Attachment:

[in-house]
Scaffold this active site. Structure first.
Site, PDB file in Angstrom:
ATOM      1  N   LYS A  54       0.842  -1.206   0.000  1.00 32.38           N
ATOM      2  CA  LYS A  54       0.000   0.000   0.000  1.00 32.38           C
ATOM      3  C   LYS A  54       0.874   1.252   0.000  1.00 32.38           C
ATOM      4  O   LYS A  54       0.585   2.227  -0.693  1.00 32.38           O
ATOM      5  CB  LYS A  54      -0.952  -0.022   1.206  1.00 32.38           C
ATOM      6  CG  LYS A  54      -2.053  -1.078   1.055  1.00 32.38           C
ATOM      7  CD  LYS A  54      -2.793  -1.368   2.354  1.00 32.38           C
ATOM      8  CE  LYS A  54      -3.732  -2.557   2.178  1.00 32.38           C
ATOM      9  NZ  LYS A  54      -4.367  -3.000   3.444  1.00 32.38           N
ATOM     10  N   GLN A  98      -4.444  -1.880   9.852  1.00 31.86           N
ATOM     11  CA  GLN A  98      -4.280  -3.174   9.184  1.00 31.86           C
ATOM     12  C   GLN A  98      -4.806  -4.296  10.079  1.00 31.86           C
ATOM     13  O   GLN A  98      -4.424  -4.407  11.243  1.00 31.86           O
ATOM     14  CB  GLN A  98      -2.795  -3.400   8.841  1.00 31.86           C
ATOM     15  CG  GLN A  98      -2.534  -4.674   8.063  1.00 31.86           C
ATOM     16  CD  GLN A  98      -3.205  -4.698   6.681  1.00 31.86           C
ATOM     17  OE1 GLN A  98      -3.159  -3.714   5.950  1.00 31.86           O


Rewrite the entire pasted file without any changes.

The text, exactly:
[in-house]
Scaffold this active site. Structure first.
Site, PDB file in Angstrom:
ATOM      1  N   LYS A  54       0.842  -1.206   0.000  1.00 32.38           N
ATOM      2  CA  LYS A  54       0.000   0.000   0.000  1.00 32.38           C
ATOM      3  C   LYS A  54       0.874   1.252   0.000  1.00 32.38           C
ATOM      4  O   LYS A  54       0.585   2.227  -0.693  1.00 32.38           O
ATOM      5  CB  LYS A  54      -0.952  -0.022   1.206  1.00 32.38           C
ATOM      6  CG  LYS A  54      -2.053  -1.078   1.055  1.00 32.38           C
ATOM      7  CD  LYS A  54      -2.793  -1.368   2.354  1.00 32.38           C
ATOM      8  CE  LYS A  54      -3.732  -2.557   2.178  1.00 32.38           C
ATOM      9  NZ  LYS A  54      -4.367  -3.000   3.444  1.00 32.38           N
ATOM     10  N   GLN A  98      -4.444  -1.880   9.852  1.00 31.86           N
ATOM     11  CA  GLN A  98      -4.280  -3.174   9.184  1.00 31.86           C
ATOM     12  C   GLN A  98      -4.806  -4.296  10.079  1.00 31.86           C
ATOM     13  O   GLN A  98      -4.424  -4.407  11.243  1.00 31.86           O
ATOM     14  CB  GLN A  98      -2.795  -3.400   8.841  1.00 31.86           C
ATOM     15  CG  GLN A  98      -2.534  -4.674   8.063  1.00 31.86           C
ATOM     16  CD  GLN A  98      -3.205  -4.698   6.681  1.00 31.86           C
ATOM     17  OE1 GLN A  98      -3.159  -3.714   5.950  1.00 31.86           O